and for all morphisms and

Note that a commutative monoidal category is the same as a strict symmetric monoidal category where the symmetry isomorphisms

are all identity morphisms. Every strict monoidal functor between commutative monoidal categories is automatically a strict symmetric monoidal functor. So, we let be the category whose objects are commutative monoidal categories and whose morphisms are strict monoidal functors.

There’s a functor

sending any commutative monoidal category to its underlying Petri net. This Petri net has the set of objects as its set of places and the set of morphisms as its set of transitions, and

as its source and target maps.

**Proposition.** The functor has a left adjoint

This is Proposition 10 in our paper, and we give an explicit construction of this left adjoint.

So that’s our conception of the free commutative monoidal category on a Petri net. It’s pretty simple. How could anyone have done anything else?

Montanari and Meseguer do *almost* the same thing, but our category of Petri nets is a subcategory of theirs: our morphisms of Petri nets send places to places, while they allow more general maps that send a place to a *formal linear combination* of places. On the other hand, they consider a full subcategory of our containing only commutative monoidal categories whose objects form a *free* commutative monoid.

Other papers do a variety of more complicated things. I don’t have the energy to explain them all, but you can see some here:

• Pierpaolo Degano, José Meseguer and Ugo Montanari, Axiomatizing net computations and processes, in *Logic in Computer Science 1989*, IEEE, New Jersey, 1989, pp. 175–185.

• Vladimiro Sassone, Strong concatenable processes: an approach to the category of Petri net computations, *BRICS Report Series*, Dept. of Computer Science, U. Aarhus, 1994.

• Vladimiro Sassone, On the category of Petri net computations, in *Colloquium on Trees in Algebra and Programming*, Springer, Berlin, 1995.

• Vladimiro Sassone, An axiomatization of the algebra of Petri net concatenable processes, in *Theoretical Computer Science* **170** (1996), 277–296.

• Vladimiro Sassone and Pavel Sobociński, A congruence for Petri nets, *Electronic Notes in Theoretical Computer Science* **127** (2005), 107–120.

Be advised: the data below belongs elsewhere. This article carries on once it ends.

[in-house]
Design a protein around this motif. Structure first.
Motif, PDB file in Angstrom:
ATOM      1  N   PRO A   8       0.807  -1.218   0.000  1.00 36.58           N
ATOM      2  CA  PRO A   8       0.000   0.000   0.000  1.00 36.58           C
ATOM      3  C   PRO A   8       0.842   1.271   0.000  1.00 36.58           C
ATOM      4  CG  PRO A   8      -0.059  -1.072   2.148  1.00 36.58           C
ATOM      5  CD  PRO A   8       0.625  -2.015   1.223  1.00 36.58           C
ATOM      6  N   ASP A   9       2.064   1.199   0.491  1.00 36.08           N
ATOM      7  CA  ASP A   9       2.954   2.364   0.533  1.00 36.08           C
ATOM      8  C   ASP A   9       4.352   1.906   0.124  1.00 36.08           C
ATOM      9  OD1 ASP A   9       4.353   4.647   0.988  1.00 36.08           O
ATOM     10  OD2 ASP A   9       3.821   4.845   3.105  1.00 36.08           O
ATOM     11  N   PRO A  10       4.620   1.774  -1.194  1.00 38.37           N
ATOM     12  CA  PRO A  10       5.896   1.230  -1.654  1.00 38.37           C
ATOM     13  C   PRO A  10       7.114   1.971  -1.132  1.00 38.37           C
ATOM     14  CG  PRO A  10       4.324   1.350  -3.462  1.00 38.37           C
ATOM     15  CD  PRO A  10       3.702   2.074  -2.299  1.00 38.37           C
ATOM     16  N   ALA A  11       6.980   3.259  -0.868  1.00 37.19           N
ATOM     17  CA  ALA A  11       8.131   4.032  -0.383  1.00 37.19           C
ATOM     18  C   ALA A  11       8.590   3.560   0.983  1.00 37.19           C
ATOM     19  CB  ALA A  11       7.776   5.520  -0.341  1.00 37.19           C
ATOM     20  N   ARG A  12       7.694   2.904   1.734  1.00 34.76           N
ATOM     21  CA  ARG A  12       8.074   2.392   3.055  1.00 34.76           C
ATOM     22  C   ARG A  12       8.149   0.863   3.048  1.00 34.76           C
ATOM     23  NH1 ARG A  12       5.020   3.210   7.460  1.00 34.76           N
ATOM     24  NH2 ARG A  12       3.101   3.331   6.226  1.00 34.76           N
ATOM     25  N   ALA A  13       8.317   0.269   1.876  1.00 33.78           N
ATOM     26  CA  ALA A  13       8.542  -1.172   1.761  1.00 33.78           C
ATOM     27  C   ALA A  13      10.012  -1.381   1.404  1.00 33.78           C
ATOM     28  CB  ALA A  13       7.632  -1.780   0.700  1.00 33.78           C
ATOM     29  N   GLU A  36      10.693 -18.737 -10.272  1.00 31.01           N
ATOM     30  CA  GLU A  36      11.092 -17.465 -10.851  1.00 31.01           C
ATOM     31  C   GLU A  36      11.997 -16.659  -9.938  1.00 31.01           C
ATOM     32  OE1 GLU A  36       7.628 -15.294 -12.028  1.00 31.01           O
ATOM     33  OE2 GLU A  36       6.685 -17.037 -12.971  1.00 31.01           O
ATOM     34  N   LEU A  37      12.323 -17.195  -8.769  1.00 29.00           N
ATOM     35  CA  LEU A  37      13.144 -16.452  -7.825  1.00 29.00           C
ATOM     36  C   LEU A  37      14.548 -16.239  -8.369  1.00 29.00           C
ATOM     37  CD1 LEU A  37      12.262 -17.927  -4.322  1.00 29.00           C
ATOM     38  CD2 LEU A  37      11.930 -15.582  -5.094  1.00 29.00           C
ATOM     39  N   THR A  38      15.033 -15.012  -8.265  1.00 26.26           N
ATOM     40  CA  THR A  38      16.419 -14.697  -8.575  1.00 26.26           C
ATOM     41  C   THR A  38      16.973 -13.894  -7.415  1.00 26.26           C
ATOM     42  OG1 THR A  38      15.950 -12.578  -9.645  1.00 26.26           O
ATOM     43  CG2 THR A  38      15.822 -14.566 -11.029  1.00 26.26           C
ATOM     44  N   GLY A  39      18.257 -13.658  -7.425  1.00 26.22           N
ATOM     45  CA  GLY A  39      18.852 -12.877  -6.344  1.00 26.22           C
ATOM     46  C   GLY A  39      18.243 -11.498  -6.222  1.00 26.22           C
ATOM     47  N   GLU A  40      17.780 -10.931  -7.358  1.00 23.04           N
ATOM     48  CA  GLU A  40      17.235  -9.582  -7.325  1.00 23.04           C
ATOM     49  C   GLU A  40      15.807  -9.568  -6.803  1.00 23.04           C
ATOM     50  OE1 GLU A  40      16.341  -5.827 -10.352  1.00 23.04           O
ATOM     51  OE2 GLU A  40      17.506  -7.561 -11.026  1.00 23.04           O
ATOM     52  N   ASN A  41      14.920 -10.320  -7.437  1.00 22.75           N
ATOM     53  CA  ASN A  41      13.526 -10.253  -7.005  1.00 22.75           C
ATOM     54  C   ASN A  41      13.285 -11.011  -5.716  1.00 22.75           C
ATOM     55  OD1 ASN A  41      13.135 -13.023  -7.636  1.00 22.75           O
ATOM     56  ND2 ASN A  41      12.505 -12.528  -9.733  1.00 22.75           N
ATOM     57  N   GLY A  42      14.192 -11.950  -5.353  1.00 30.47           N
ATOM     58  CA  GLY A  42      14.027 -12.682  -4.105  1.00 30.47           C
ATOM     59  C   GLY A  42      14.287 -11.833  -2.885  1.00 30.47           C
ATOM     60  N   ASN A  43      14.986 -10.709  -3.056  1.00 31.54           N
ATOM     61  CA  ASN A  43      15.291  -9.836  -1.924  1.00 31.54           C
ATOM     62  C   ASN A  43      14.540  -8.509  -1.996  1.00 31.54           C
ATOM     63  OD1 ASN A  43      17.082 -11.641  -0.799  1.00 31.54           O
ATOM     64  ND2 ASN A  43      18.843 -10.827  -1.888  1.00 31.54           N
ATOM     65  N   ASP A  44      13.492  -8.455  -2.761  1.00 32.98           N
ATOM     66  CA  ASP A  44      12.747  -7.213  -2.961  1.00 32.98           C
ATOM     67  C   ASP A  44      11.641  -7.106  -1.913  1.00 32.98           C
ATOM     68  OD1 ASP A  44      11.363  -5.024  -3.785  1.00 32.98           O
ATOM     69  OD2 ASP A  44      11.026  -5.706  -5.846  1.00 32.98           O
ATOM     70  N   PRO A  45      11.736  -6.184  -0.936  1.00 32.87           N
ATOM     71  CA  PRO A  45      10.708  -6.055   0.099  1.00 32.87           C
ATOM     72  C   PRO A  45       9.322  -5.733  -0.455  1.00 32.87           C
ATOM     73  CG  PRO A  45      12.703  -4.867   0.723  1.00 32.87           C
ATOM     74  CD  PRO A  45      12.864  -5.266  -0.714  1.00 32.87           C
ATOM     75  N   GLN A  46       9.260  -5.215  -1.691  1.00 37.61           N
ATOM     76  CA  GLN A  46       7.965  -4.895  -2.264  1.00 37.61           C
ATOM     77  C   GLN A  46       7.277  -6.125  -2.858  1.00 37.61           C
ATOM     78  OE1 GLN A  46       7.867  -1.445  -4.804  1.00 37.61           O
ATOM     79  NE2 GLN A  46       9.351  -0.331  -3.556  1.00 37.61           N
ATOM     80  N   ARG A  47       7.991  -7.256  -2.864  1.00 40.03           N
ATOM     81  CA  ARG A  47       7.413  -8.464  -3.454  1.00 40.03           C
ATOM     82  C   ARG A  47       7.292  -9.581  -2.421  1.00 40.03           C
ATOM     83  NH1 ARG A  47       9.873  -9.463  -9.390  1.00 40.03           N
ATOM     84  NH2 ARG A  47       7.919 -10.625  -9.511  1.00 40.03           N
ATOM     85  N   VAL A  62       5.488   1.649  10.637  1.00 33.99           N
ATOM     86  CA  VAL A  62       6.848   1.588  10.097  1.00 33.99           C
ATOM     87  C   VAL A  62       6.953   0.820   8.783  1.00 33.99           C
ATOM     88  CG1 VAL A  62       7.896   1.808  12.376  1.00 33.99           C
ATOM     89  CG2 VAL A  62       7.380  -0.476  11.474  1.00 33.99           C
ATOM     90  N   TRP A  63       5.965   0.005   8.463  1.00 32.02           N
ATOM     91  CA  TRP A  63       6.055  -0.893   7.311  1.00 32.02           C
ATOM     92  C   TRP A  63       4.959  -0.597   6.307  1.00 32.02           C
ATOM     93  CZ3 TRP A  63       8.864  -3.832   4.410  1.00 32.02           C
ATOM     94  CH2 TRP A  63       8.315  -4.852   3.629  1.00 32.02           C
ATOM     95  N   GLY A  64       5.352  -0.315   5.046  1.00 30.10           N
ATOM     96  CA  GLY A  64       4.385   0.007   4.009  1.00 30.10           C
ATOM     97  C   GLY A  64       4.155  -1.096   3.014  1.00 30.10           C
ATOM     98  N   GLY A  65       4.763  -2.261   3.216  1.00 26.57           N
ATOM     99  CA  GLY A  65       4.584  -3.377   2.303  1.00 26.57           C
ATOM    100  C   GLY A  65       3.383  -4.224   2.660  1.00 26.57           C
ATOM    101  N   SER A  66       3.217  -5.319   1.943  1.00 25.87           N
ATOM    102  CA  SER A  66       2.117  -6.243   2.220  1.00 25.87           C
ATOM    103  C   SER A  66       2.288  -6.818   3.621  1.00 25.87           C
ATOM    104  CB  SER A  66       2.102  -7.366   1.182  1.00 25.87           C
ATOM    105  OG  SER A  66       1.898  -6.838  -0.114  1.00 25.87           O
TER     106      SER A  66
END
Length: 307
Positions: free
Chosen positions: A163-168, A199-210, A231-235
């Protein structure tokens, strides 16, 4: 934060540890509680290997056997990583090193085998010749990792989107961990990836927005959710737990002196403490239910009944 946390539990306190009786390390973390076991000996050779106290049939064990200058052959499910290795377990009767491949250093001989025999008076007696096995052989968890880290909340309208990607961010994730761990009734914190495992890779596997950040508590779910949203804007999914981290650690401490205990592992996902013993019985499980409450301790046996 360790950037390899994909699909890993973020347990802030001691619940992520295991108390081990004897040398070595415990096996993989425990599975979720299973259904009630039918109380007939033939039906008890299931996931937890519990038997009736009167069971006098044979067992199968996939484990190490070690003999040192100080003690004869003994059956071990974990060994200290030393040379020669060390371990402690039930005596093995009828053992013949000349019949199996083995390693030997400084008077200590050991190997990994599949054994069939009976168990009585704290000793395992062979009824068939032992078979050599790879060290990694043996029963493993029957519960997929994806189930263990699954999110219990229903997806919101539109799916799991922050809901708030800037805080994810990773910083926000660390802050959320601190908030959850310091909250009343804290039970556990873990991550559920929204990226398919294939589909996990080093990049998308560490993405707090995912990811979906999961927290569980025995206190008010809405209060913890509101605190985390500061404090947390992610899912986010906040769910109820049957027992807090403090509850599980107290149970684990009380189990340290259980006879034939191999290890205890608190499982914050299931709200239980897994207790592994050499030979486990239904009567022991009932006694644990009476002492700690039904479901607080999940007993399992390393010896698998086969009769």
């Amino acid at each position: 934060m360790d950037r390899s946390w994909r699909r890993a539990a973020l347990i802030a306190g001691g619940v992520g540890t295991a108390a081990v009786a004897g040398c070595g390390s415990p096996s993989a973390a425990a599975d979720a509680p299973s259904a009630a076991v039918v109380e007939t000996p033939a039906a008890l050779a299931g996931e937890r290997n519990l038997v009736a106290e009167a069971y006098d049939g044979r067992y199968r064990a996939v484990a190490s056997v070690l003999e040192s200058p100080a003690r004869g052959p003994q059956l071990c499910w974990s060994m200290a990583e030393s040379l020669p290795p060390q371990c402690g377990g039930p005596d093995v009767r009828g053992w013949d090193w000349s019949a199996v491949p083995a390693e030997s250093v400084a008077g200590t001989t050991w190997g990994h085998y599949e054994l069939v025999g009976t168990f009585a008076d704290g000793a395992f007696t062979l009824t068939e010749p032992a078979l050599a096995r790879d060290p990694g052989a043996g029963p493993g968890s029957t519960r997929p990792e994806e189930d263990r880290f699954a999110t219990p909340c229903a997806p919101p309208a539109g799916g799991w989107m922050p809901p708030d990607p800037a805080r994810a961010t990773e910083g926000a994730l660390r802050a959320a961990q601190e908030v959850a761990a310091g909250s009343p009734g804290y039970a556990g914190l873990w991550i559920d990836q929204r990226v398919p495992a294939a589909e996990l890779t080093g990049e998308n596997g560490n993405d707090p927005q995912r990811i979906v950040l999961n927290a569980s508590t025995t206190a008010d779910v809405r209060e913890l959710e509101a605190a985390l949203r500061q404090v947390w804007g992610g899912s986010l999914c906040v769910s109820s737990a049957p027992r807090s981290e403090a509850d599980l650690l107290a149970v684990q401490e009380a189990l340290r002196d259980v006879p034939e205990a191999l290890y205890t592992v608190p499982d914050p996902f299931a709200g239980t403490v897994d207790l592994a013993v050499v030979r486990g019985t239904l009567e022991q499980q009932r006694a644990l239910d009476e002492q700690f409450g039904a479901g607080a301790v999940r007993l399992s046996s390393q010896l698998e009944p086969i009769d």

Getting the free commutative monoidal category on a Petri net right is key to developing the reachability semantics for open Petri nets in a nice way. But to see that, you’ll have to read our paper!

• Part 1: the double category of open Petri nets.

• Part 2: the reachability semantics for open Petri nets.

• Part 3: the free symmetric monoidal category on a Petri net.

]]>• John Baez and Jade Master, Open Petri nets.

Last time I explained, in a sketchy way, the double category of open Petri nets. This time I’d like to describe a ‘semantics’ for open Petri nets.

In his famous thesis *Functorial Semantics of Algebraic Theories*, Lawvere introduced the idea that semantics, as a map from expressions to their meanings, should be a functor between categories. This has been generalized in many directions, and the same idea works for double categories. So, we describe our semantics for open Petri nets as a map

from our double category of open Petri nets to a double category of relations. This map sends any open Petri net to its ‘reachability relation’.

In Petri net theory, a **marking** of a set is a finite multisubset of We can think of this as a way of placing finitely ‘tokens’—little black dots—on the elements of A Petri net lets us start with some marking of its places and then repeatedly change the marking by moving tokens around, using the transitions. This is how Petri nets describe processes!